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Home > Topics > EMS Training
November 20, 2013

Ga. EMS feeling effects of nationwide medic shortage

Because they don't have enough nearby schools to train EMTs, authorities fear the problem will only get worse

WRDW

AUGUSTA, Ga. — Paramedics are there to save your life in an emergency, but are there enough of them?

A nationwide paramedic shortage is hitting our area and without enough nearby schools to train them, the problem will only get worse. "It's a desperate need in this area. When we do lose a medic it does hurt," said Gold Cross EMS CEO  Vince Brogdon. Brogdon says medics average about 5 years in EMS before moving on.

"When they can do to the same amount of school and they can make more money in a controlled environment like a hospital, some choose to do that," he explained. Thomas Edwards has been a paramedic for four years. "In a medical emergency seconds count. There is no second chance in a lot of these things," said Edwards. "The closer we are, the more of us that there are, the faster we can respond and the quicker we can help save somebody's life."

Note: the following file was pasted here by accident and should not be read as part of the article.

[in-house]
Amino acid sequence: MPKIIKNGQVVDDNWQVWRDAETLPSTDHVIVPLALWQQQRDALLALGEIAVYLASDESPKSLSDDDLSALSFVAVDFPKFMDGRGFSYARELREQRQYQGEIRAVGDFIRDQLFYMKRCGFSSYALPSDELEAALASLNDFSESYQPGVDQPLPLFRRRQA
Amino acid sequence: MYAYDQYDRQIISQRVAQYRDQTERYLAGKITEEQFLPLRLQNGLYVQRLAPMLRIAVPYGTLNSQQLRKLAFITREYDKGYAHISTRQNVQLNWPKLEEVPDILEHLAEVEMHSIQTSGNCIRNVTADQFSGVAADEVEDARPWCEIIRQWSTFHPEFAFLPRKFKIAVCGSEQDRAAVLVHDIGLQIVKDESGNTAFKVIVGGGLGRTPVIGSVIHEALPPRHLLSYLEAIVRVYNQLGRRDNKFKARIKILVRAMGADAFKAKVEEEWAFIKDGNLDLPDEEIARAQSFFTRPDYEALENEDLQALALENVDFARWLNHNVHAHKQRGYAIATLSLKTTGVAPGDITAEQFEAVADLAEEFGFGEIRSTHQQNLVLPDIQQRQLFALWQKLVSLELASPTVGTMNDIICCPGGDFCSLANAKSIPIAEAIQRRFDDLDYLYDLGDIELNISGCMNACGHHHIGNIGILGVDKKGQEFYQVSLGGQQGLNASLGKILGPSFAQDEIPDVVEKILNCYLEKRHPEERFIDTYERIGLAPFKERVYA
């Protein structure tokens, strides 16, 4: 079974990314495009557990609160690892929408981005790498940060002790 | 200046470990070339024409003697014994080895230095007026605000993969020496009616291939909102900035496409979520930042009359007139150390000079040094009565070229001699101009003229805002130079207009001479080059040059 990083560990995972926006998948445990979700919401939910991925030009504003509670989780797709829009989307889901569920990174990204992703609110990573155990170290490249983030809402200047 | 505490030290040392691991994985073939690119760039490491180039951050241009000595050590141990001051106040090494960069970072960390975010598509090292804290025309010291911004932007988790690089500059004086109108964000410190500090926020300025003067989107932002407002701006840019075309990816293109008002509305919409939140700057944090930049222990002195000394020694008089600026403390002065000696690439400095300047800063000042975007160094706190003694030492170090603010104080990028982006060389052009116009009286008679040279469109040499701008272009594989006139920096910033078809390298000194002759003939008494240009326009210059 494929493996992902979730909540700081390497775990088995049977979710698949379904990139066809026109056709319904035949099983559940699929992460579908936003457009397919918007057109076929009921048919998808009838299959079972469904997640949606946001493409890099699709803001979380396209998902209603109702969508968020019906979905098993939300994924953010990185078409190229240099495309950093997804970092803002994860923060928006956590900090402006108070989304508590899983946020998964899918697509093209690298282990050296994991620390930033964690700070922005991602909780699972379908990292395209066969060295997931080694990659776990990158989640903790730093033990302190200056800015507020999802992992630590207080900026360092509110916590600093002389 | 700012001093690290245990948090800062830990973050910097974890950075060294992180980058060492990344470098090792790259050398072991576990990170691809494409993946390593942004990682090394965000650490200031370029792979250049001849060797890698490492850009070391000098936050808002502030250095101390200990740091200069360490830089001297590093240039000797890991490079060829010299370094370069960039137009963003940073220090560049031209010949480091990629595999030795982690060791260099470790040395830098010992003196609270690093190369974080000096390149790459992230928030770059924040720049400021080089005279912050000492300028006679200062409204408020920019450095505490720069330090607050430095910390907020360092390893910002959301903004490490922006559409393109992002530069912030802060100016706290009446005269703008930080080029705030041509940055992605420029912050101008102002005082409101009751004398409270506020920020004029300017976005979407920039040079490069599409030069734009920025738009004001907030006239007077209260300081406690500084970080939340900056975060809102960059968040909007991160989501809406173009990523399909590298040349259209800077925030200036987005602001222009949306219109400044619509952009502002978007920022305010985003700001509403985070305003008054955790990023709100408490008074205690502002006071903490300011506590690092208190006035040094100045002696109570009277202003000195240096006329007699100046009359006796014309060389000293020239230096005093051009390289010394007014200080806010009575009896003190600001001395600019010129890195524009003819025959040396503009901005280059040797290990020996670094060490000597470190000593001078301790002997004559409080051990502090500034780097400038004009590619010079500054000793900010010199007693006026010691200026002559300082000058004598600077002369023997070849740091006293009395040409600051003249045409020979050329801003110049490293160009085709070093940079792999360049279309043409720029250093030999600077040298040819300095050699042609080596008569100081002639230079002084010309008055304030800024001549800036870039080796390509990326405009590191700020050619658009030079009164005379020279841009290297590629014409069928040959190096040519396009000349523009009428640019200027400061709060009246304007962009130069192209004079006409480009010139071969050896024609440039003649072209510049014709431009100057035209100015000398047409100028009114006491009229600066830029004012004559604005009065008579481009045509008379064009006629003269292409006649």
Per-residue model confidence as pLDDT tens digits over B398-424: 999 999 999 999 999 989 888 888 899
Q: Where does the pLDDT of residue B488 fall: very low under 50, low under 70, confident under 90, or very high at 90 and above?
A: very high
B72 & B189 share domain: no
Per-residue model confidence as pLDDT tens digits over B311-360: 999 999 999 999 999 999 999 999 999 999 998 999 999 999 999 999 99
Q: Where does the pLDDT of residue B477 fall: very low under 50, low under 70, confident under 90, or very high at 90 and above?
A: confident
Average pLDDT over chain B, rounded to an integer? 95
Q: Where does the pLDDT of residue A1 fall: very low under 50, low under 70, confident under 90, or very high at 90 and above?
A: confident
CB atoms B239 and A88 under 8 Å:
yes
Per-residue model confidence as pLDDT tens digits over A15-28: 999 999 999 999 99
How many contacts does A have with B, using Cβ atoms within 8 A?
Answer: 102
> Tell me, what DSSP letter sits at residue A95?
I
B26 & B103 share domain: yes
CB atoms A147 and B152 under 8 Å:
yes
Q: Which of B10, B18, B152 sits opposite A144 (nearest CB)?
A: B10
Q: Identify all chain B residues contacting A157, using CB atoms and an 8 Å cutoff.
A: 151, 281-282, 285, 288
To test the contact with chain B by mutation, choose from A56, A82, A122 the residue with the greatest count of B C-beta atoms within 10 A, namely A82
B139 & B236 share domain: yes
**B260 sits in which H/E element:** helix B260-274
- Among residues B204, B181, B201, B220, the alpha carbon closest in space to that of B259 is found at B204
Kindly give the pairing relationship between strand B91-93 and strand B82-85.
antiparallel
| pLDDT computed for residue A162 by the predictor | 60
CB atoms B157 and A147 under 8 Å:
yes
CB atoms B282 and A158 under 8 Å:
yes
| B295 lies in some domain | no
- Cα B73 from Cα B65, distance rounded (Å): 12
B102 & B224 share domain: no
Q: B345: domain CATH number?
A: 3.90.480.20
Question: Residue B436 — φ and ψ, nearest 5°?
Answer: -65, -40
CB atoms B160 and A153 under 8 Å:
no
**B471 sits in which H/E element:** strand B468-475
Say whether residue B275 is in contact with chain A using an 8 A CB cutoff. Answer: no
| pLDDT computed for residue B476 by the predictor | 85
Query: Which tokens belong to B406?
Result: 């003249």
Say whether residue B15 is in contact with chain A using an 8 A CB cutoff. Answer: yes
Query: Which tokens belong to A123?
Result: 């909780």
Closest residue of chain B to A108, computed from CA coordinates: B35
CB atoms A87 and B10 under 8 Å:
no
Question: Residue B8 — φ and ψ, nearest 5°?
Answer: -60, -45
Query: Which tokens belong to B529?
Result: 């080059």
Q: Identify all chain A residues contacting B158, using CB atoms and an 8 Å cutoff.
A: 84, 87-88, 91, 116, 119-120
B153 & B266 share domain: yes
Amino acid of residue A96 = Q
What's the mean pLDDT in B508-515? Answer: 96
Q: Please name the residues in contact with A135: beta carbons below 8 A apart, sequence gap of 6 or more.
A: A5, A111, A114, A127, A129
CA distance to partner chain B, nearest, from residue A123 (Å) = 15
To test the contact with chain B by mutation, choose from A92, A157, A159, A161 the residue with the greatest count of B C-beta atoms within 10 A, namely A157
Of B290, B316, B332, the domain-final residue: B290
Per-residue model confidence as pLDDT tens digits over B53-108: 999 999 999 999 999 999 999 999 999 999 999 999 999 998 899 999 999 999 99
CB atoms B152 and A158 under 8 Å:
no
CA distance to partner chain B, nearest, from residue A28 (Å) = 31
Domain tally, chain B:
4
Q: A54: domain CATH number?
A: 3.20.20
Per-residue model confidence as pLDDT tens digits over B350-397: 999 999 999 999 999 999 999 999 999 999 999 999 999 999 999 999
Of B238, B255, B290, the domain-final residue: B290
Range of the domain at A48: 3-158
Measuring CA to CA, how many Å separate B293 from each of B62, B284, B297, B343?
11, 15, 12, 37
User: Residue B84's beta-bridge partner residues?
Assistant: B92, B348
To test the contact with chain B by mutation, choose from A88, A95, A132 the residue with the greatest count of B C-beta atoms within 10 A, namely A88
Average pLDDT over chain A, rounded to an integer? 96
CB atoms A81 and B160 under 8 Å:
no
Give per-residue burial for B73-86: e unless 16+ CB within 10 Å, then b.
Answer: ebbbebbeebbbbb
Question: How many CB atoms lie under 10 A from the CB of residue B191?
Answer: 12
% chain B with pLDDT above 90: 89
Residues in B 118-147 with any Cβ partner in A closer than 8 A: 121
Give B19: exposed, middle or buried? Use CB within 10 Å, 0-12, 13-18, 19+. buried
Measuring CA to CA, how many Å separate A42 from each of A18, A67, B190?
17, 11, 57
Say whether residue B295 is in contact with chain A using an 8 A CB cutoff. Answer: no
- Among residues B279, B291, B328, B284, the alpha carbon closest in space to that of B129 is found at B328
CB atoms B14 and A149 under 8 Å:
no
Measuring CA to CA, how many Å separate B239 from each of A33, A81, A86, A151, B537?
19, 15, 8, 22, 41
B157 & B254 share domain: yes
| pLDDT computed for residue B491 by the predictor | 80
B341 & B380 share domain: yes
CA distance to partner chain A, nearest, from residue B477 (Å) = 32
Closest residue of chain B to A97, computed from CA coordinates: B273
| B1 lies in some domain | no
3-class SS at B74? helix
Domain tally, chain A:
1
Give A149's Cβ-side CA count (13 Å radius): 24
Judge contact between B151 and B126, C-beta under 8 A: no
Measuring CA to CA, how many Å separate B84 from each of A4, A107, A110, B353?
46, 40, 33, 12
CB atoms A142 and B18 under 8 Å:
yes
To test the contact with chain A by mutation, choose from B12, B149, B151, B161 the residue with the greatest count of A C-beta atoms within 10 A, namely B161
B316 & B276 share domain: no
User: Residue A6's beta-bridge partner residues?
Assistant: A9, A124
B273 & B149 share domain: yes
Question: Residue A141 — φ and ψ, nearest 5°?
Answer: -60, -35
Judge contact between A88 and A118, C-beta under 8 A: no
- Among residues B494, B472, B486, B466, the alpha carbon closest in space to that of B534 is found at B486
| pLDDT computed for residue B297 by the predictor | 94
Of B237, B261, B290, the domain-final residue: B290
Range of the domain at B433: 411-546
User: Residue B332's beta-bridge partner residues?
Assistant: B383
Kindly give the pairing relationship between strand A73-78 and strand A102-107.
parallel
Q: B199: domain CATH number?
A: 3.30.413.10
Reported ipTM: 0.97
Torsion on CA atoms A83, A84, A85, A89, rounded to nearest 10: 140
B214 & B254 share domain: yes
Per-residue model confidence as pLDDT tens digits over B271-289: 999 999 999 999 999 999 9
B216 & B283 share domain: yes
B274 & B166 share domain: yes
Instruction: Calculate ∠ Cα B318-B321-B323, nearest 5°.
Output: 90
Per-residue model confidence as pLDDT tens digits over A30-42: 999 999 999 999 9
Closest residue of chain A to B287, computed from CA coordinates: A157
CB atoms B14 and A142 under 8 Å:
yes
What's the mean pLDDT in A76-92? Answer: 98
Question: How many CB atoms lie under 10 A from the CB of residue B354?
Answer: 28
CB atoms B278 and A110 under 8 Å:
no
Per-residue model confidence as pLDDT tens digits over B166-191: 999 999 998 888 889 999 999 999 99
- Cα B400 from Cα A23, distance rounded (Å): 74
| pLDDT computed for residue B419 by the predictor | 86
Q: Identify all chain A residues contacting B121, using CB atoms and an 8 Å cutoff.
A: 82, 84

Full story: CSRA feeling effects of nationwide paramedic shortage

Comments
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Greg Natsch Greg Natsch Thursday, November 21, 2013 3:39:22 AM A degree? Accreditation does not require a degree. The EMS Education agenda for the future came out in 1996. It identified accreditation. November 2007 NREMT set the deadline of December 31,2012. This is not new, except for the fact that programs did nothing until mandated. Is there really a shortage, or is there a shortage of people who will take the jobs for the salaries offered. No locals medics, recruit from outside.
Steve Seabolt Steve Seabolt Thursday, November 21, 2013 9:26:42 PM Try raising the salary.
George Yaworski George Yaworski Friday, November 22, 2013 12:50:40 PM Can't be a shortage. Fire departments are not training more medics so that fire fighters do not get laid off. If there was a shortage this wouldn't be happening, would it?

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